Mestia was beautifully cool at night, and the next morning after breakfast we hired a jeep to take us up one of the mountains.
There are plenty of great hikes in and around Mestia, but once again we decided that we’d be happy to catch a ride anywhere that a car could go. Our destination was the lakes, high up on a plateau above the town. It took the jeep at least 45 minutes to get up there , including time taken for the engine to cool down a few times before continuing. Our driver only spoke Georgian and Russian so conversation was muted, but the day was magnificent and as we drove higher and higher we began to have great views of all the mountains. We passed some hikers along the way, who had no option but to be walking on the dirt road.
When we reached the “Lakes” – more correctly, a few pools of water, there were a few other jeeps around and some scattered groups of hikers. When we asked which way could we go hiking, the quick answer was “anywhere you like”. So we headed uphill (the only direction) following another group. After a while, the girls had enough and I continued with the boys. We joined a group of Italian students – their team leader was on his fifth trip to Svaneti and seemed very confident in the mountains but really it was impossible to get lost. He thought that we were at about 3000m and the mountains seemed just went higher and higher. On one side was a path leading to a crest high above with a cross (the 2nd cross apparently – we had passed by one already) and some intrepid hikers, small as ants, were making their way up there. We decided to head across the ridge face to what seemed to be a gap in the rocks. As we walked, the ground turned to scree and it became increasingly difficult. The boys were struggling and eventually we decided to turn around, not before the boys had a chance to slide and play in a large snowpatch. Making our way back down the mountain we saw the lakes below, small at first, and then as we neared them we noticed horses and cattle having a bath in the lakes.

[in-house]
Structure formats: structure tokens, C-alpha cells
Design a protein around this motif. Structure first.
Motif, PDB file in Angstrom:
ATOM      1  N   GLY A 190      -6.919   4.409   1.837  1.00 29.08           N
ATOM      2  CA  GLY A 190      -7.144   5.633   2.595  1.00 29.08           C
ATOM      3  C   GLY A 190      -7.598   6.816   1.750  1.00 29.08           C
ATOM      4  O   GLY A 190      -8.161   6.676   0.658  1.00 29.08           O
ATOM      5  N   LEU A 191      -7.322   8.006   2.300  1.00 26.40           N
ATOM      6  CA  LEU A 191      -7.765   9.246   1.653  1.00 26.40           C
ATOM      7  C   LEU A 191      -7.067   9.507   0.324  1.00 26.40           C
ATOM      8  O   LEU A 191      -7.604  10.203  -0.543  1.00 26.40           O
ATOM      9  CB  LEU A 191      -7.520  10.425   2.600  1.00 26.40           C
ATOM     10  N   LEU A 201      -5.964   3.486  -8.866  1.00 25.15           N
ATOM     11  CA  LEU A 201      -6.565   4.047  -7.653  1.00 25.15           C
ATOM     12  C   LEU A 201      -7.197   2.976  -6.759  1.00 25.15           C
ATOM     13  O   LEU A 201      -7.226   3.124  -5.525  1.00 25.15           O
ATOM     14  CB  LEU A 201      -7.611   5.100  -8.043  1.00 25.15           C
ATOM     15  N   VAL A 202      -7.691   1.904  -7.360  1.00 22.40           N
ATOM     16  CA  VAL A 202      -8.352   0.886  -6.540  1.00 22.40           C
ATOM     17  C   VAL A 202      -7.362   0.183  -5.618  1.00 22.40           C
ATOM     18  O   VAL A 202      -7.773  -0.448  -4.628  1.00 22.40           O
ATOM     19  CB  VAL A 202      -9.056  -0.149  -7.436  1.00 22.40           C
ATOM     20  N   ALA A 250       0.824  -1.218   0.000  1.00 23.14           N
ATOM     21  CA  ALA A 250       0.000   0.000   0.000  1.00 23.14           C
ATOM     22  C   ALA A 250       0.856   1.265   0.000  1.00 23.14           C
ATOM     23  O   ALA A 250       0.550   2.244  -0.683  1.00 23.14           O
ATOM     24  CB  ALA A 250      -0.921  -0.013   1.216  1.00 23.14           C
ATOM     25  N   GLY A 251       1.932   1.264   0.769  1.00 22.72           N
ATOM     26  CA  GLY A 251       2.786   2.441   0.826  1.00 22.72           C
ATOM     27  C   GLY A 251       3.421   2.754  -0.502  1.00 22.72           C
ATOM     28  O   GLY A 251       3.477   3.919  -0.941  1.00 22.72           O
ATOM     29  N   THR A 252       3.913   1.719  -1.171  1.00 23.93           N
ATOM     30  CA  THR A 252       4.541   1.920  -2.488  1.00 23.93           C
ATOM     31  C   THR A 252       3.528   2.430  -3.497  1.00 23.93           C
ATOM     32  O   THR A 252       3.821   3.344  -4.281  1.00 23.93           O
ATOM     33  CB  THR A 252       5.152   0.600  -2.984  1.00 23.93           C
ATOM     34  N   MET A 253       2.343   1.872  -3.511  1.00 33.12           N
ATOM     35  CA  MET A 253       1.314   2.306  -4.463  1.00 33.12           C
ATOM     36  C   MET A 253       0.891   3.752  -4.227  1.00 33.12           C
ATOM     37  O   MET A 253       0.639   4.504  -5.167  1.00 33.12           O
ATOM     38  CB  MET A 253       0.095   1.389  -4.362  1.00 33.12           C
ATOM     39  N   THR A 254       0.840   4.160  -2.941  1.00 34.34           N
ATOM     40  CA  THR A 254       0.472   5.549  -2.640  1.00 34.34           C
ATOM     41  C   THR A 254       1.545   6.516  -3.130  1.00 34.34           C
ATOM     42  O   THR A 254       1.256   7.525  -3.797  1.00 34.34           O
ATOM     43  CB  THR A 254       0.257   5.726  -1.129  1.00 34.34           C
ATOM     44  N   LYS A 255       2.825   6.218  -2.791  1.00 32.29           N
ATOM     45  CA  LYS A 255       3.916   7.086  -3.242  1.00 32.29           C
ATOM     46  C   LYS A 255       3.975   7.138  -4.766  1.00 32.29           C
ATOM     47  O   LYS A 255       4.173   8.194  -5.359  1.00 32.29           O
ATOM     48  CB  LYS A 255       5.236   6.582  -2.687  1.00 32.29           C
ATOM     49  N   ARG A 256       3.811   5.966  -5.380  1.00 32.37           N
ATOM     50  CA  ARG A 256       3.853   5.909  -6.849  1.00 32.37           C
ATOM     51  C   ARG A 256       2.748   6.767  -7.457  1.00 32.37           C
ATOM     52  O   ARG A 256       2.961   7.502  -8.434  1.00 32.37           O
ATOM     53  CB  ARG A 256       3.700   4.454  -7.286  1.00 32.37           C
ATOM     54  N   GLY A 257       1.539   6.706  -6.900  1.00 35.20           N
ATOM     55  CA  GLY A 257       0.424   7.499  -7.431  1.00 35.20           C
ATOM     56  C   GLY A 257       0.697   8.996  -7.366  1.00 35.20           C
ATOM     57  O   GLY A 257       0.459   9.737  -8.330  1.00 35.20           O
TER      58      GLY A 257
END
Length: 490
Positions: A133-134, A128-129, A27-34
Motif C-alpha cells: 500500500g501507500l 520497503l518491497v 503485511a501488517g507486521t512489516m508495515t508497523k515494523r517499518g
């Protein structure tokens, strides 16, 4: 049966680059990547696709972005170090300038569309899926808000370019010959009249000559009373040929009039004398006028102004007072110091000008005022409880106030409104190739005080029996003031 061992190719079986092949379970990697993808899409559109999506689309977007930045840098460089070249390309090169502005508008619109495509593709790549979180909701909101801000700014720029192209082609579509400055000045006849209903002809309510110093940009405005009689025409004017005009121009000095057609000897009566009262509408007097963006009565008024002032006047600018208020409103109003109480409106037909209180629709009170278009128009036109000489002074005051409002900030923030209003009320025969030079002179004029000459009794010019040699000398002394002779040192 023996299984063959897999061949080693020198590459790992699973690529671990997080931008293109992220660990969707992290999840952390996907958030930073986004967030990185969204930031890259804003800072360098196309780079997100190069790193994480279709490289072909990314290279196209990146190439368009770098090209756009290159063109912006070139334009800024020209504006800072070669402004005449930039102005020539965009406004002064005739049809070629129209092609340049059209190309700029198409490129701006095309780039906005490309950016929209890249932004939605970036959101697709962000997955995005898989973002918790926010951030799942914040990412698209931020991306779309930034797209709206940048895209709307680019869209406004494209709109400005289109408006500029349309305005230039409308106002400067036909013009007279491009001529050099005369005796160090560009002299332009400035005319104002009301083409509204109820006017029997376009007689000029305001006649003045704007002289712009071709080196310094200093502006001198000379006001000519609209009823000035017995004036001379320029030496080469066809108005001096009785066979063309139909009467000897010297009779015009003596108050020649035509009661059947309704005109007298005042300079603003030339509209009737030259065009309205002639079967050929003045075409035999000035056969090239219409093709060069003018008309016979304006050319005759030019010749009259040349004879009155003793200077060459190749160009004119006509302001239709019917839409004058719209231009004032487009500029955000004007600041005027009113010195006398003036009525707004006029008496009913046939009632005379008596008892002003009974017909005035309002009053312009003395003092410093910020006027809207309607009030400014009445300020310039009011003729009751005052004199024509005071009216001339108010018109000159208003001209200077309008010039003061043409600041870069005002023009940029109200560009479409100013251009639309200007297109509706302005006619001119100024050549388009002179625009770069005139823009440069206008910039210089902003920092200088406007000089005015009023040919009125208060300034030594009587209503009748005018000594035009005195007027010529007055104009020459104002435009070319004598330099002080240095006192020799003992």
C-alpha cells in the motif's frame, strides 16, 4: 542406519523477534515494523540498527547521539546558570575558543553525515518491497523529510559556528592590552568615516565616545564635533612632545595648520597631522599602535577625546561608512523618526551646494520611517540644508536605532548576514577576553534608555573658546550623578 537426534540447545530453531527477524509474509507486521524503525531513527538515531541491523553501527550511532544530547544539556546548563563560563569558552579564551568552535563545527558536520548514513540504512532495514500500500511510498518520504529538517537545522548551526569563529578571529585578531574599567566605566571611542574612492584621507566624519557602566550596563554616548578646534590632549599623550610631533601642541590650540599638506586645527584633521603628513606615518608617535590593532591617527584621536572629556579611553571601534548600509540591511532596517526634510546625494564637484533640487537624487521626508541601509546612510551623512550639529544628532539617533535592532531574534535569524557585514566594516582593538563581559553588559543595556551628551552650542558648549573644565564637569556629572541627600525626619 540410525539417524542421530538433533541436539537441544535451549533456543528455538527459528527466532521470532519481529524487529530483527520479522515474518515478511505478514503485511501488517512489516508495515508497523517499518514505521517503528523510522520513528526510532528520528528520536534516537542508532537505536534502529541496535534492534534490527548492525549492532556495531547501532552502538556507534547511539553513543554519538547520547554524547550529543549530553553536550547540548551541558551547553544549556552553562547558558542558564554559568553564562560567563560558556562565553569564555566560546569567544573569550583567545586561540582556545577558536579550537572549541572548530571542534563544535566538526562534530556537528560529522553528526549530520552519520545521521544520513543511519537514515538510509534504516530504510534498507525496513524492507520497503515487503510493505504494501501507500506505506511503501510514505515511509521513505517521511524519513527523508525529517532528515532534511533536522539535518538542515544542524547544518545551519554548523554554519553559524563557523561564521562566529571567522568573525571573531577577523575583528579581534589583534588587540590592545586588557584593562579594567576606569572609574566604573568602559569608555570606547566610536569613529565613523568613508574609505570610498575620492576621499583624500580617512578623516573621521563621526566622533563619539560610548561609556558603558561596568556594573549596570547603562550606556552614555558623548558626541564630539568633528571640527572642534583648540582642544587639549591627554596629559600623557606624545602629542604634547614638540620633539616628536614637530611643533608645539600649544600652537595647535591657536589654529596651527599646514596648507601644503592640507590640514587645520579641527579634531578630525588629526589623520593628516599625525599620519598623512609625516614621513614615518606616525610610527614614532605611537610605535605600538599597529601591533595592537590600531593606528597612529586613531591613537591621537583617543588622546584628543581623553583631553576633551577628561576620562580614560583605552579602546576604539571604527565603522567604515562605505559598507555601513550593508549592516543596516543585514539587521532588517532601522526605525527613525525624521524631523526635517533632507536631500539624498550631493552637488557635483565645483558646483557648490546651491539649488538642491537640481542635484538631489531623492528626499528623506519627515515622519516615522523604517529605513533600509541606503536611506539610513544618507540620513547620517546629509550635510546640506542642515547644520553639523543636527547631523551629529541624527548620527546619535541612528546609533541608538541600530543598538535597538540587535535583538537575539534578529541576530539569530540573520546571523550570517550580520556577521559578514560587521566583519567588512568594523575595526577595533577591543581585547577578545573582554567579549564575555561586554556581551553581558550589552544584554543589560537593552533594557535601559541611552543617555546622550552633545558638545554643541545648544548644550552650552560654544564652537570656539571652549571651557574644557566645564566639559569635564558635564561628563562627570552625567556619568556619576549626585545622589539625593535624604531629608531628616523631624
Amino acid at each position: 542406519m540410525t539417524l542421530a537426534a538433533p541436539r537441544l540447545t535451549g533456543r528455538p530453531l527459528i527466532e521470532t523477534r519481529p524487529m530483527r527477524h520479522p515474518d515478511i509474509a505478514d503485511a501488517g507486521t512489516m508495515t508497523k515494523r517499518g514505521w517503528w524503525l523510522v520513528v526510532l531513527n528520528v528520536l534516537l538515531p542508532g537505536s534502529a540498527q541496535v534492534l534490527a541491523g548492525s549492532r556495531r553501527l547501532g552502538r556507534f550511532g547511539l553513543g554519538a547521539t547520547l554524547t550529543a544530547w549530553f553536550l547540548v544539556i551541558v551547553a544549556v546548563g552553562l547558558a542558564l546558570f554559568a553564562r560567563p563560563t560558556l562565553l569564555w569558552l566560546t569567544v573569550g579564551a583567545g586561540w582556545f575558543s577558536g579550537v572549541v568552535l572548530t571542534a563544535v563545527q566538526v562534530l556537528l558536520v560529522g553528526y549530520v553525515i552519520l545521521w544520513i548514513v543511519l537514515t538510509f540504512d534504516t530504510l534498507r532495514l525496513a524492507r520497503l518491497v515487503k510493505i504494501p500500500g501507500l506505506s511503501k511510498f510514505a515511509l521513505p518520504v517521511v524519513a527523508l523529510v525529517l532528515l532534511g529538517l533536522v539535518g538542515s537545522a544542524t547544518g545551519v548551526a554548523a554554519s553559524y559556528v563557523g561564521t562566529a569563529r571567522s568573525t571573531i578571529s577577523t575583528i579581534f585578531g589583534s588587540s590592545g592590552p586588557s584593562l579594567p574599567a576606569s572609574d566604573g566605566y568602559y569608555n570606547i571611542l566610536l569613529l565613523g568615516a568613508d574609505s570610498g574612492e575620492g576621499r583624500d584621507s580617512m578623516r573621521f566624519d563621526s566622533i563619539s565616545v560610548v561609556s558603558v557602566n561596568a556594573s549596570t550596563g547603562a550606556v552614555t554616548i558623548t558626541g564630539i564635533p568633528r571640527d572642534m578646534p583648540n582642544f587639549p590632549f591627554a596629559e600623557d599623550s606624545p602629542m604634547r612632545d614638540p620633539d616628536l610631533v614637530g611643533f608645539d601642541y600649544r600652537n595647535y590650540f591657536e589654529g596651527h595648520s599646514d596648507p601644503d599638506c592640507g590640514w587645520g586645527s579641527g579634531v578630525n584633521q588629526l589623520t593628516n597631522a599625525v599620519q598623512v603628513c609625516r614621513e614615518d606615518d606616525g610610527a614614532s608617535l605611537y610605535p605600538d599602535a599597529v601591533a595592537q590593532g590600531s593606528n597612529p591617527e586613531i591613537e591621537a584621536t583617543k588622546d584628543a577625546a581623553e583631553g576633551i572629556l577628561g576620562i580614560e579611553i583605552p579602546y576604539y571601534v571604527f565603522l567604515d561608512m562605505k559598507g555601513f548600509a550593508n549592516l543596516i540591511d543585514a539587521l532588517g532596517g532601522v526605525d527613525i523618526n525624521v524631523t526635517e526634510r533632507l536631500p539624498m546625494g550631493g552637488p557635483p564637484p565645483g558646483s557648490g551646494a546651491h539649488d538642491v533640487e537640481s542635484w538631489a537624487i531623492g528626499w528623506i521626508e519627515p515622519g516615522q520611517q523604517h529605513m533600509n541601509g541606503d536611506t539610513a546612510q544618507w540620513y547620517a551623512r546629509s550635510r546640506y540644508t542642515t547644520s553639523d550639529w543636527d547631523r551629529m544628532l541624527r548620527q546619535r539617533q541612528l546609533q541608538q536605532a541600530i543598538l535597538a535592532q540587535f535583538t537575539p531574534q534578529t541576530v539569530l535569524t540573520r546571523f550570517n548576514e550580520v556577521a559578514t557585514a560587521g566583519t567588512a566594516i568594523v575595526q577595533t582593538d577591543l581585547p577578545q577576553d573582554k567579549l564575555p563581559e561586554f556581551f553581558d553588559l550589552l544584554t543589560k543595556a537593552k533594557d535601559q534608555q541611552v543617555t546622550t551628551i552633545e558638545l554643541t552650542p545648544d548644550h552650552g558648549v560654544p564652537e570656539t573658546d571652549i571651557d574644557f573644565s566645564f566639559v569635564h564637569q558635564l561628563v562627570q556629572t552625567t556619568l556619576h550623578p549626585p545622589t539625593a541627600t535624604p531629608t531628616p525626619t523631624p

After a snack it was back in the jeep down the hill – a really beautiful day in these incredible mountains.
That afternoon I went to explore the town further with the kids. We found the museum, somewhere in the backstreets, where a woman approached us with a key and asked (in Georgian ) if we wanted to see the museum which we did. She opened the lock and we entered into an ancient house, listened to her explanation (of which we understood nothing – all in Georgian) and sat in the great chair and took some photos. This was a fascinating place – the animals used to sleep at floor level, and the people slept just above them. Consulting my guidebook, I read that the house dated back around 1000 years and that everything inside – the furniture, the sleeping areas, everything was original.
We also climbed a tower – these are the symbol of Svaneti and are found in every village – in fact, every household had its own tower attached to the house, so that in times of trouble they could escape into their own personal fortress. The towers are steep and have 5-6 levels, each accessible only by a ladder, and they are made of stone. They must have been quite impregnable for many years, but would be useless really against modern weapons.
Carrying on with our explorations, we walked across the river to what was clearly the newest building in town – and found a brand new hotel, not mentioned in any guidebook. We asked about availability, were told that it was full, were shown a room anyway, and had something to drink in the lounge.The Hotel Tetnuldi is really very nice and modern and is the only really modern hotel in town (we also found another hotel in the central square but we were not impressed). There was a large group of Georgians singing on the balcony of the Tetnuldi – this is something Georgians do, and it is beautiful. We were also impressed by the good english skills of the person at the front desk.
PS: These days I help plan great family trips!